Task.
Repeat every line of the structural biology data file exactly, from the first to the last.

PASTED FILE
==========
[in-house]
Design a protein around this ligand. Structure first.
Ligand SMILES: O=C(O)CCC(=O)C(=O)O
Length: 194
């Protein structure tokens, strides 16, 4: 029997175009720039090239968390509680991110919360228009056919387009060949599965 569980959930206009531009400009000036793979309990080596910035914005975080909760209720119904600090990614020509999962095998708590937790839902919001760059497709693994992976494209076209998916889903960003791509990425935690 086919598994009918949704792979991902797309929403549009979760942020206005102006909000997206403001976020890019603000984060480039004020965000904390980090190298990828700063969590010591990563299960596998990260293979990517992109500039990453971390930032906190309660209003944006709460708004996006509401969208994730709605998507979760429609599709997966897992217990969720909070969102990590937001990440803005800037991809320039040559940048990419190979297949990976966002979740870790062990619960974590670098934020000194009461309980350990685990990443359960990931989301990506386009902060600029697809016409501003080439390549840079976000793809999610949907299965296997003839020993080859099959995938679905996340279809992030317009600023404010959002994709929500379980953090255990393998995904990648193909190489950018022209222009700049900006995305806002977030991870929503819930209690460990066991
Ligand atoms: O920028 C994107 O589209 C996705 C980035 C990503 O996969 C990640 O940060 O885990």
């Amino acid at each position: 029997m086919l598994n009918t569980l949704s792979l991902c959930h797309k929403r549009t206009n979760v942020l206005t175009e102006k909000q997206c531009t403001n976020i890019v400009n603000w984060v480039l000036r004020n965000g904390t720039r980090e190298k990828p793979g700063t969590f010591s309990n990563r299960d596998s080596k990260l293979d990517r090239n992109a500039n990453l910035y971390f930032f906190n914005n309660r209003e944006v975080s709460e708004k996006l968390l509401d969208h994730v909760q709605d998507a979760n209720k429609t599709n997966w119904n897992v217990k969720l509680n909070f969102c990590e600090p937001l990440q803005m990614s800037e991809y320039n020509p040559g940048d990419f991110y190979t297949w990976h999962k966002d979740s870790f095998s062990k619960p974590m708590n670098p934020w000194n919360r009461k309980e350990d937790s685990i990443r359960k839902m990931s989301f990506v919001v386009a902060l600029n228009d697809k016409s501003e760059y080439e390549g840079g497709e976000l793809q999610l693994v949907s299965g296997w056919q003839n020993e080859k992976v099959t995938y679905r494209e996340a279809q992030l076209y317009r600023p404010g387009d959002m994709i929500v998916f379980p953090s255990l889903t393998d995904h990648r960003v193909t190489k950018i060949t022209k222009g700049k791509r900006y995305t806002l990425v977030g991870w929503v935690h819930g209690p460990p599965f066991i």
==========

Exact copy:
[in-house]
Design a protein around this ligand. Structure first.
Ligand SMILES: O=C(O)CCC(=O)C(=O)O
Length: 194
């Protein structure tokens, strides 16, 4: 029997175009720039090239968390509680991110919360228009056919387009060949599965 569980959930206009531009400009000036793979309990080596910035914005975080909760209720119904600090990614020509999962095998708590937790839902919001760059497709693994992976494209076209998916889903960003791509990425935690 086919598994009918949704792979991902797309929403549009979760942020206005102006909000997206403001976020890019603000984060480039004020965000904390980090190298990828700063969590010591990563299960596998990260293979990517992109500039990453971390930032906190309660209003944006709460708004996006509401969208994730709605998507979760429609599709997966897992217990969720909070969102990590937001990440803005800037991809320039040559940048990419190979297949990976966002979740870790062990619960974590670098934020000194009461309980350990685990990443359960990931989301990506386009902060600029697809016409501003080439390549840079976000793809999610949907299965296997003839020993080859099959995938679905996340279809992030317009600023404010959002994709929500379980953090255990393998995904990648193909190489950018022209222009700049900006995305806002977030991870929503819930209690460990066991
Ligand atoms: O920028 C994107 O589209 C996705 C980035 C990503 O996969 C990640 O940060 O885990």
């Amino acid at each position: 029997m086919l598994n009918t569980l949704s792979l991902c959930h797309k929403r549009t206009n979760v942020l206005t175009e102006k909000q997206c531009t403001n976020i890019v400009n603000w984060v480039l000036r004020n965000g904390t720039r980090e190298k990828p793979g700063t969590f010591s309990n990563r299960d596998s080596k990260l293979d990517r090239n992109a500039n990453l910035y971390f930032f906190n914005n309660r209003e944006v975080s709460e708004k996006l968390l509401d969208h994730v909760q709605d998507a979760n209720k429609t599709n997966w119904n897992v217990k969720l509680n909070f969102c990590e600090p937001l990440q803005m990614s800037e991809y320039n020509p040559g940048d990419f991110y190979t297949w990976h999962k966002d979740s870790f095998s062990k619960p974590m708590n670098p934020w000194n919360r009461k309980e350990d937790s685990i990443r359960k839902m990931s989301f990506v919001v386009a902060l600029n228009d697809k016409s501003e760059y080439e390549g840079g497709e976000l793809q999610l693994v949907s299965g296997w056919q003839n020993e080859k992976v099959t995938y679905r494209e996340a279809q992030l076209y317009r600023p404010g387009d959002m994709i929500v998916f379980p953090s255990l889903t393998d995904h990648r960003v193909t190489k950018i060949t022209k222009g700049k791509r900006y995305t806002l990425v977030g991870w929503v935690h819930g209690p460990p599965f066991i």